Good Dog Foundation Provides Helping Dogs
Berkshires Benefit from Canines
By: Jessica Robinson - Aug 03, 2020
The Good Dog Foundation: Helping Humans Heal
For more than 30,000 years dogs have been providing companionship and loyalty to humans. No wonder they are called ‘man’s best friend.’ Both dogs and humans are social creatures, so the relationship is mutually beneficial, each nurturing the other.
I, for one, understand the benefits of the human/animal bond, having had Henry, my Morkie, for four and a half years. Henry is a good dog, but not yet a qualified Good Dog.
Rachel McPherson understood them too. In 1998 she launched The Good Dog Foundation with a single mission: to bring the symbiotic relationship between dog and man into the world of healing.
I had learned about the organization through my friend Bruce Fagin, their Executive Vice President. In 2017 Henry and I, along with Diana Wege and her dog Minnie, attended a Good Dog Foundation gala at Guastavino’s in New York. The invite was for both humans and canine guests. Imagine what it’s like to attend a sit-down dinner for 300 well-dressed, well-heeled humans with their dogs, of all sizes, in tow!
That evening the Good Dog Foundation introduced a study they were conducting in partnership with Pace University called Parenting, Prison and Pups. The goal of the program was to prove that Animal-Assisted Therapy can help women prisoners healthfully reunite with their children, become better parents, and stay out of jail.
What I learned that night is that approximately seventy percent of female inmates are responsible for a minor child. Incarceration disrupts the mother-child bond. This negatively impacts roughly 1.7 million children nationally.
Parenting, Prison and Pups is a skills training program designed to help inmate mothers become better parents. Specially trained therapy dog teams are used as a tool for creating a safe environment to help reduce anxiety and stress. This allows the women to feel more comfortable when discussing their trauma-based feelings.
At the same time, the dogs provide a safe environment for their children during in-prison visits. Here’s what some of the participating inmates said:
“When you look in the face of a puppy, that’s it right there, you melt like butter.. ….. these women have that to look forward to, and not worry about the cares of the world,” said Rita “Sunshine” Brooks, HIV/AIDS and substance abuse case manager and former inmate.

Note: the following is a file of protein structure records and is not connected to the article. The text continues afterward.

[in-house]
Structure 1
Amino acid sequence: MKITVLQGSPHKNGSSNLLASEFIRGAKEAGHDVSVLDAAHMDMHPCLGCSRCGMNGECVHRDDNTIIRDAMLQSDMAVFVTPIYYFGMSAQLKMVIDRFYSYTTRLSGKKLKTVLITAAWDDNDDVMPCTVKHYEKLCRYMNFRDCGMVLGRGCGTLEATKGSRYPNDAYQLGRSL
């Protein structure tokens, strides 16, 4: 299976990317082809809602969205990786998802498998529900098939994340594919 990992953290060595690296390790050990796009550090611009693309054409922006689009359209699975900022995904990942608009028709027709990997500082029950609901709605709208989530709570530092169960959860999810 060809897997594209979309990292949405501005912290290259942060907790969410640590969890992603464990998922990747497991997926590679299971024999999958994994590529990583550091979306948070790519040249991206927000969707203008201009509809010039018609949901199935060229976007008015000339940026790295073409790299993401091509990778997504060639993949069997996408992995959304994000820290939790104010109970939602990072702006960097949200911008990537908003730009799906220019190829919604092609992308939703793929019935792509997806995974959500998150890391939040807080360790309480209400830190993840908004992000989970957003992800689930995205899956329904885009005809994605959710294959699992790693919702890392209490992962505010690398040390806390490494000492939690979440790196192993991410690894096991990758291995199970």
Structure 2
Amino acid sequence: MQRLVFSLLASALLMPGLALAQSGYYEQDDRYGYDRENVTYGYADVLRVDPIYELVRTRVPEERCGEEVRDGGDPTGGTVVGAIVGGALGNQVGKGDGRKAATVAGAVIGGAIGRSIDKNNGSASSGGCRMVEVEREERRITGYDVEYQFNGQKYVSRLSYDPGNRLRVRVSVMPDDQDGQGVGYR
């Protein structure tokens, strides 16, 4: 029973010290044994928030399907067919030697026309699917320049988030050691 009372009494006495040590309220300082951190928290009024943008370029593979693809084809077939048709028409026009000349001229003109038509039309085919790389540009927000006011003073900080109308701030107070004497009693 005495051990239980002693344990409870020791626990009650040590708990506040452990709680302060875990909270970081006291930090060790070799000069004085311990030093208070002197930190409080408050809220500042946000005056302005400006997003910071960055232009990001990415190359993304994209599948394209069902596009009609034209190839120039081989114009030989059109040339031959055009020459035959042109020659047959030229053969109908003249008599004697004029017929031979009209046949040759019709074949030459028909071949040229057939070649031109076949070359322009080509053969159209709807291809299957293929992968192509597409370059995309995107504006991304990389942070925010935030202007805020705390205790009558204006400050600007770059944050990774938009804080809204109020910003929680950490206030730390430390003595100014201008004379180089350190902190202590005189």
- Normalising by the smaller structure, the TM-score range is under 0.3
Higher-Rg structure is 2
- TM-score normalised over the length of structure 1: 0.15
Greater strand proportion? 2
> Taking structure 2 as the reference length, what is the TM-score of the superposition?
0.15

“It wasn’t just a regular parenting class, it was more than that. It felt so good and it made me feel so good as a person” (Prisoner Mom, Westchester County Dept. of Corrections)
“This class opened us up in ways that we normally wouldn’t. People were more responsive. There were many benefits. For me, personally, it was a benefit for me to think of myself as a mom and the methods I utilized.” (Prisoner Mom, Metropolitan Correction Center).
A major area of the Foundation is the Volunteer Services program. That’s how you and your pet become a Certified Therapy Dog Team. Good Dog trains and certifies hundreds of volunteer dog teams each year. These teams log some 30,000 hour-long therapy dog visits.
So, how do you turn your pet into a Certified Good Dog? The dog can be any size and any breed, but must be housebroken and have a friendly, out-going, non-aggressive temperament. Applicants are first screened online, then they must pass in-person evaluation for admission to a Good Dog Team six-hour, four-session Therapy Skills class. Your dog must be able to learn basic skills like ‘down,’ ‘sit,’ ‘stay’ and so forth. Henry, unfortunately, doesn’t make the cut. He has yet to master the word, ‘no.’
Yes, it takes effort and commitment for a pet to become a Certified Good Dog. These healers are extraordinary dogs, and their owners are pretty extraordinary too. They are held to the highest standard, and must be re-certified each year.